Our research explained to engineers (or brave economists)

Innovation takes place in a complex adaptive system. A multitude of agents interact with each other in a variety of ways and self-edict rules and norms that govern their behaviors. Agents in the ‘innovation system’ are individuals and institutions. Individuals include creative actors: scientists, engineers, inventors and entrepreneurs but also financial actors such as bankers and venture capitalists and political actors. Institutions include private companies such as startups and large companies, universities, public research organizations, governments and their agencies, and providers of funds. The innovation system is also multi-layered because innovation takes place on a local and global scale. It is also multi-faceted in the sense that there are many such systems around the world, each being adapted to the socio-economic conditions in which they evolve.

We seek to characterize the system by identifying causal patterns, that is, we go beyond correlation and identify actual levers of the system. We do so by using econometrics, which is a collection of statistical methods suited to the analysis of economic data. Much like researchers in some fields rely on spectrometric identification of organic compounds, we rely on econometric identification of economic relationships. The overarching objective of our research is to propose ways to fine-tune the system, or fix it if necessary. In essence, our task as economists is very similar to that of engineers.

Research at the IIPP chair is central to the knowledge economy. Innovation becomes ever more important to sustain the long-term growth of nations and takes place in an ever-more complex environment. It is therefore critical to have a sound understanding of the inner working of the innovation system and to propose ways to improve it. As we believe that our research matters to society, we devote special effort to sharing research findings with policymakers and all stakeholders in order to pull ourselves out of the ivory tower.

Our research is not constrained by any boundaries. We study both individual and institutional actors of the system. For instance, papers [1] and [2] study individuals (inventors and investors, respectively) whereas paper [3] studies a government agency, namely the patent office. We study both the micro and macro layers of the system, as well as the interaction between these layers. For instance, paper [4] takes a micro perspective, paper [5] takes a macro perspective, and paper [6] studies the micro impact of a macro phenomenon. We study individual systems but also compare systems with each other. Paper [7] studies one face of the system whereas paper [8] compares the many-faces of the system. Finally, we also contribute to the development of tools (paper [9]) and econometric techniques (paper [10]) to improve best practice in the field.

Our research explained to economists (or brave engineers)

The overarching objective of our research is to provide the policy environment that best addresses the needs of the knowledge economy. This objective is met by advancing knowledge in the field of evidence-based innovation policy and developing novel measurement methodologies for intangibles. Most of our efforts are focused on three areas: Intellectual Property Policy; Measurement of Intangibles; and Measurement of Scientific Productivity.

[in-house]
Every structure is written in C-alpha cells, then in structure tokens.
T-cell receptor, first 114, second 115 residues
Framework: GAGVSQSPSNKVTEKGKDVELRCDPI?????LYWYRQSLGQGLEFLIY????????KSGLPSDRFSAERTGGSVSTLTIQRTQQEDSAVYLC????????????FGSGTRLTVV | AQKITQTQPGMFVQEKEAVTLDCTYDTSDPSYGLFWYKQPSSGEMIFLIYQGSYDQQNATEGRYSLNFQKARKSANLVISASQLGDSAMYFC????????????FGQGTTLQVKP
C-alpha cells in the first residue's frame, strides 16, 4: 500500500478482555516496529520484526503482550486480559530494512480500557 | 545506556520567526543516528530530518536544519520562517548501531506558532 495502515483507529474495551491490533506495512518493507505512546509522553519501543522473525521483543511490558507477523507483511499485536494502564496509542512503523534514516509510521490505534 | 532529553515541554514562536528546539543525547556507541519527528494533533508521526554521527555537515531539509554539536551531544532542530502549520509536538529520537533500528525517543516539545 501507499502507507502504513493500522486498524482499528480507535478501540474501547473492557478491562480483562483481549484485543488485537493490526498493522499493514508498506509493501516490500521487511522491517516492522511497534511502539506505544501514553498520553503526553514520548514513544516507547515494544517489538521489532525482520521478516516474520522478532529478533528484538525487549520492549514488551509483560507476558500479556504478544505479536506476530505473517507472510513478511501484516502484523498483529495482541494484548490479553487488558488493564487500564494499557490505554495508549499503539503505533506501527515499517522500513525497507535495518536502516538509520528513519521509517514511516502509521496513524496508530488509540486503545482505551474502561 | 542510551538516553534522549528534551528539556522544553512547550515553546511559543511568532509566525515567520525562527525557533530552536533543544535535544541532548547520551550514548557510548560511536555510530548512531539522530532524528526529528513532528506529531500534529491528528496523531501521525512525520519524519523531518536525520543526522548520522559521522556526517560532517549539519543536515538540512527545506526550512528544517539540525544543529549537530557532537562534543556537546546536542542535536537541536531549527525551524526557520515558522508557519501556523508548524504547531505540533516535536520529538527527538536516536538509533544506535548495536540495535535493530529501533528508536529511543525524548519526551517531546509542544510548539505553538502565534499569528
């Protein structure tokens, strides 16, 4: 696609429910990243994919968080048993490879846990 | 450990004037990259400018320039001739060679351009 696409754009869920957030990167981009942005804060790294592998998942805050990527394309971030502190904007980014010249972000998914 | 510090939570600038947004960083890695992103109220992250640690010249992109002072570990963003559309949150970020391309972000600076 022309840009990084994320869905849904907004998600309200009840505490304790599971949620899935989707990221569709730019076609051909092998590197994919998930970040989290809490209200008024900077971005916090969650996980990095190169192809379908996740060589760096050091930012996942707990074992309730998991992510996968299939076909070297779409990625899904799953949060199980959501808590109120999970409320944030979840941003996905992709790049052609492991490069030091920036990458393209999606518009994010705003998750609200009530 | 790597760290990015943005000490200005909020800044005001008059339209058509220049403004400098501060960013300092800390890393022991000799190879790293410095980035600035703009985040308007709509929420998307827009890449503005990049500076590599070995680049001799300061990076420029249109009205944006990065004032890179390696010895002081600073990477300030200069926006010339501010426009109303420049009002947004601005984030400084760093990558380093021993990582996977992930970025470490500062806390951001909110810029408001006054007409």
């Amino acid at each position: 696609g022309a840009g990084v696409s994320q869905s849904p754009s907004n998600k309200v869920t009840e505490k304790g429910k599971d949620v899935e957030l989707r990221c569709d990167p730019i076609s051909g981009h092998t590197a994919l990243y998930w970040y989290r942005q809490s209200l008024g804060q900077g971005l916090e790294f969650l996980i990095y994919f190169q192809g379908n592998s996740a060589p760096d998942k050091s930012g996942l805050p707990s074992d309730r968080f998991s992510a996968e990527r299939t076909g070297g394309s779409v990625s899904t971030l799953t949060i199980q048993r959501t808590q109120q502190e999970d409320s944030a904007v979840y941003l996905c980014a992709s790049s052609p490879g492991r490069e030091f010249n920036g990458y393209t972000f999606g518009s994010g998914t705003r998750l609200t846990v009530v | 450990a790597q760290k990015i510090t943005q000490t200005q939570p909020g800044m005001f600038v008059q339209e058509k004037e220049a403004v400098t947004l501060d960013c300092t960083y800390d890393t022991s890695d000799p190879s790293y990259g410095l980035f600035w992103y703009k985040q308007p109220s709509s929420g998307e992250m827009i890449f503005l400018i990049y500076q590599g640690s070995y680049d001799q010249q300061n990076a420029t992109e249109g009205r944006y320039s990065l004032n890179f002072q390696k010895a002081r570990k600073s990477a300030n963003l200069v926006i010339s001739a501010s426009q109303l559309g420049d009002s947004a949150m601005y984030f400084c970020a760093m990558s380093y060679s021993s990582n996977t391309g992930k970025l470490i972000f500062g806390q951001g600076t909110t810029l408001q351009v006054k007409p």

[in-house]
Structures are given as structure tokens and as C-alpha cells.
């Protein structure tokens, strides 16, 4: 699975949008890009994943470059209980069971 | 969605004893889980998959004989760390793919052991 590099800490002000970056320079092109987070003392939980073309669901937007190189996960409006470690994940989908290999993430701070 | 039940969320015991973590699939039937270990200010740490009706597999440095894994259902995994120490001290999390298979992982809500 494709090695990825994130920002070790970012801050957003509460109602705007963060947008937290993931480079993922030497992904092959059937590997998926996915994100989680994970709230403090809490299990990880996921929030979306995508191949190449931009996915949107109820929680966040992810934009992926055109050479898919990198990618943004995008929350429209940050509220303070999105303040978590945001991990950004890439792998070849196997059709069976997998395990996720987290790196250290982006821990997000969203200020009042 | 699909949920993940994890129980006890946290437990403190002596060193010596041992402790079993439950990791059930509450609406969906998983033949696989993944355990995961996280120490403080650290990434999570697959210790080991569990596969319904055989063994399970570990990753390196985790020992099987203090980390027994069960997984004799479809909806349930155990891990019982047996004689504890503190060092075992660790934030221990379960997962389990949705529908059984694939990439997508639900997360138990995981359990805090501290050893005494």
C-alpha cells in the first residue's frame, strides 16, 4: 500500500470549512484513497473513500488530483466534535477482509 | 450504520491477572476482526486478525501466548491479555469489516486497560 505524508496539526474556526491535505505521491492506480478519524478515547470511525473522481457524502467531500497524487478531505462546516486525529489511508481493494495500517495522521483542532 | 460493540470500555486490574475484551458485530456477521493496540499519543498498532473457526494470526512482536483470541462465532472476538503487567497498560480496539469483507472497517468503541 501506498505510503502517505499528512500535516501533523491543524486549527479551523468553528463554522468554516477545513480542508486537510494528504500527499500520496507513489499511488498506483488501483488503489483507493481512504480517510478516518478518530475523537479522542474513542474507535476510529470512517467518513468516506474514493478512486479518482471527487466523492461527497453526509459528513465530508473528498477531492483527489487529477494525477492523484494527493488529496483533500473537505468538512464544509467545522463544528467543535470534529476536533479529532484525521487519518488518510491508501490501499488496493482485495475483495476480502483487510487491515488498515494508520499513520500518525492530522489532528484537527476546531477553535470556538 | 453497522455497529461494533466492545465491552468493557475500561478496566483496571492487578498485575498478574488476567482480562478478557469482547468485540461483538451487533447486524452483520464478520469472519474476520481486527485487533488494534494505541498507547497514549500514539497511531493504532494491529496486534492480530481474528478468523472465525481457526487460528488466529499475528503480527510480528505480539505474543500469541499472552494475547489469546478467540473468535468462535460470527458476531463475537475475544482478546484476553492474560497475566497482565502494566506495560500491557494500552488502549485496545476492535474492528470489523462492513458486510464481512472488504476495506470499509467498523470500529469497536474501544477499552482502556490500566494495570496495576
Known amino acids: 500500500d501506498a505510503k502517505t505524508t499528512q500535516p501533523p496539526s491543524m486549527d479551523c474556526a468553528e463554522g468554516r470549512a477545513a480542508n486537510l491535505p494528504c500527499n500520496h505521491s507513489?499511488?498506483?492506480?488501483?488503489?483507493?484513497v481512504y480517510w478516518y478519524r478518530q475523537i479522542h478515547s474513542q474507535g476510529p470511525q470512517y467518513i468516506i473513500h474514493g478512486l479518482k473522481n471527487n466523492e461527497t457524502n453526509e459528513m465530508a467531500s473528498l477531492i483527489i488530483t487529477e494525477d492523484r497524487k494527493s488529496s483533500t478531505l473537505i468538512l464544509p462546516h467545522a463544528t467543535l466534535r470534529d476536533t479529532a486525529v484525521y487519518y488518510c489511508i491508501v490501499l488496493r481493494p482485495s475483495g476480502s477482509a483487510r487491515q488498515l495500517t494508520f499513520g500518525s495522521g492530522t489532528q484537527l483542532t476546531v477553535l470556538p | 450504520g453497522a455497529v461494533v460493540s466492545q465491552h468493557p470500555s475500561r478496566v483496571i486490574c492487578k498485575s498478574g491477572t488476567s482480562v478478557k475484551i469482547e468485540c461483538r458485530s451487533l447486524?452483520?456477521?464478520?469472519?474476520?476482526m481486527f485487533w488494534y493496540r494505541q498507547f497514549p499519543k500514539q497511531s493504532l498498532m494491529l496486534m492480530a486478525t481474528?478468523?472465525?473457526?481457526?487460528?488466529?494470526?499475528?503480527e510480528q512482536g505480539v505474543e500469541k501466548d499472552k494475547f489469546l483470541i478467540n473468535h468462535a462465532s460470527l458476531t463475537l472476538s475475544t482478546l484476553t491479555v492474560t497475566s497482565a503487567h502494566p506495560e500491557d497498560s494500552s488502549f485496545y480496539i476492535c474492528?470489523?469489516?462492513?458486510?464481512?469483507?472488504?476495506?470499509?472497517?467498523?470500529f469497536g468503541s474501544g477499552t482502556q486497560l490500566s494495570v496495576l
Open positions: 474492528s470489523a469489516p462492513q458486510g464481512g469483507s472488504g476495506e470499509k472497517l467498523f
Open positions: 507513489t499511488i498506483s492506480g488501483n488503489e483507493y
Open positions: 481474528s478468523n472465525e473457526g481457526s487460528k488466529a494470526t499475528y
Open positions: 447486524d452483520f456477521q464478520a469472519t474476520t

Intellectual Property (IP) Policy Two main topics are the optimal design of the IP system and the role of IP in the market for technology. As an illustration of the first topic, we are studying how fees affect the demand for IP protection. We have produced world-first estimates of the price elasticity of demand for patents [A, B, C] and have showed that patent fees can be used to filter out low-quality patent applications [D]. Current work focuses on understanding how the structure of fees affects the backlog at patent offices [E]. The second topic seeks to advance knowledge on the effect of IP in the market for technology [F, G] and in particular on SME and startup financing [G, H]. For example we have shown in [H] that the collateralization of patents facilitates startups’ access to venture debt loans.

Measurement of Intangibles As developed countries move into the knowledge economy, it becomes important to measure its components in a scientifically rigorous way. We have focused our efforts on issues related to the measurement of innovation activities and to the measurement of higher education systems. Regarding the first topic, we seek to improve the measurement of innovation with patent data [I, J, K]. For example, we have proposed in [K] a novel patent-based indicator that is made freely available. Current work focuses on trademark data. Regarding the second topic, we have suggested a series of measures for benchmarking higher education systems [L, M] with a view of helping governments share best practices amongst themselves.

Measurement of Scientific Productivity The increased competitiveness of allocation of research funds calls for an improved understanding of the productivity of scientists. This new line of research seeks to move beyond traditional bibliometric indicators and propose radically new ways of thinking about productivity. In particular, we aim to better grasp scientists’ contribution to knowledge and measure the ‘real impact’ of science.